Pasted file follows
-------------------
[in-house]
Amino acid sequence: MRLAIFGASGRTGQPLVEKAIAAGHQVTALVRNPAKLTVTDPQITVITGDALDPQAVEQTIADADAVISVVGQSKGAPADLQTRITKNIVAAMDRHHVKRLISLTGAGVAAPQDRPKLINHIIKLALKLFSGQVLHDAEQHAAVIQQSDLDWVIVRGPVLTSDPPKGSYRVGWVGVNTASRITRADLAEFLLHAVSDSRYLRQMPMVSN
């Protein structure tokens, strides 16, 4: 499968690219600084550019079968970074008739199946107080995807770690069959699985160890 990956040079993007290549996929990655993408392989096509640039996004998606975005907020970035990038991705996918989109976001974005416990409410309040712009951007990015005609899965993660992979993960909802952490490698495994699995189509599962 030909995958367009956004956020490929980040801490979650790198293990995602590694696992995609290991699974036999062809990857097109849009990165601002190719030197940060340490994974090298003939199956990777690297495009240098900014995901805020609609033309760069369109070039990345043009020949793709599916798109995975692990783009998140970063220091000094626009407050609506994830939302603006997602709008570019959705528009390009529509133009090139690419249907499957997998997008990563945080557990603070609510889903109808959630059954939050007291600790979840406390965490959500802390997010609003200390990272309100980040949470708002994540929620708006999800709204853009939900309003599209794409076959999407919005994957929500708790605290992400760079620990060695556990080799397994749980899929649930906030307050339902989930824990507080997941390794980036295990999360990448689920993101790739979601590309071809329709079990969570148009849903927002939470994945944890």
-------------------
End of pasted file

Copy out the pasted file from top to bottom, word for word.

[in-house]
Amino acid sequence: MRLAIFGASGRTGQPLVEKAIAAGHQVTALVRNPAKLTVTDPQITVITGDALDPQAVEQTIADADAVISVVGQSKGAPADLQTRITKNIVAAMDRHHVKRLISLTGAGVAAPQDRPKLINHIIKLALKLFSGQVLHDAEQHAAVIQQSDLDWVIVRGPVLTSDPPKGSYRVGWVGVNTASRITRADLAEFLLHAVSDSRYLRQMPMVSN
């Protein structure tokens, strides 16, 4: 499968690219600084550019079968970074008739199946107080995807770690069959699985160890 990956040079993007290549996929990655993408392989096509640039996004998606975005907020970035990038991705996918989109976001974005416990409410309040712009951007990015005609899965993660992979993960909802952490490698495994699995189509599962 030909995958367009956004956020490929980040801490979650790198293990995602590694696992995609290991699974036999062809990857097109849009990165601002190719030197940060340490994974090298003939199956990777690297495009240098900014995901805020609609033309760069369109070039990345043009020949793709599916798109995975692990783009998140970063220091000094626009407050609506994830939302603006997602709008570019959705528009390009529509133009090139690419249907499957997998997008990563945080557990603070609510889903109808959630059954939050007291600790979840406390965490959500802390997010609003200390990272309100980040949470708002994540929620708006999800709204853009939900309003599209794409076959999407919005994957929500708790605290992400760079620990060695556990080799397994749980899929649930906030307050339902989930824990507080997941390794980036295990999360990448689920993101790739979601590309071809329709079990969570148009849903927002939470994945944890």